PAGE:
this was how we went to sleep at my grandmother's house:

the apartment had two bedrooms, but we all piled into hers; mats rolled across the floor, windows were tightly shut, lights extinguished. for fifteen minutes, the air conditioning was run at its highest setting, circulating incense. the incense was a hot plate that had a small slot for a piece of felt soaked with mosquito repellent. the room needed to sit with incense and air conditioning without us, while we stayed in the moist living room in our underwear, waiting.

in my later life, this memory feels like banishing spirits. we'd enter the room after the prescribed purification time was over, my cousin and my grandmother and i all slipping through the narrowly opened door in one quick motion. i was armed with the electric mosquito racket, because my job was to kill any remaining insect that didn't faint in the sticky fumes.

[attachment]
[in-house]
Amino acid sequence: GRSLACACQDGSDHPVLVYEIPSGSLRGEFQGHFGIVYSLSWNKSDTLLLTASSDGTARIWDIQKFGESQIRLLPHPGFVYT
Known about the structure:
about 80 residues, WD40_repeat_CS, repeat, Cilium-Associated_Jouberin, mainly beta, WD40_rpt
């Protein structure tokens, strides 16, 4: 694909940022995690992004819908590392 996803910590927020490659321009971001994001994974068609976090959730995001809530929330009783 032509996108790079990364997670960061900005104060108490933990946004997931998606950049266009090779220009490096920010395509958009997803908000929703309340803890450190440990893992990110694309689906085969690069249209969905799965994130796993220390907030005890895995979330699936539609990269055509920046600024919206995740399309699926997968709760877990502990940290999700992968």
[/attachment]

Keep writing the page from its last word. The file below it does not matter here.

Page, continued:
some of the bigger mosquitoes spanned multiple cables on the racket, and i could hold the buzzer until they ruptured, spraying a mouthful of blood into the air. the blood was probably mine, or my kid cousin's.

we kept a chamber pot in the bedroom, because once we had sealed ourselves in, the door was not to be opened until morning. i only remember needing to use it two or three times during that entire summer, because i'd try to use the toilet before starting our bedroom-sealing rituals. it didn't matter for the smell, though; usually, someone else in the room would fill it in the night.

26 March 2018 22:28

  Commons License this work is licensed under a Creative Commons Attribution-NonCommercial-ShareAlike 4.0 International License. for more details, please see my license information.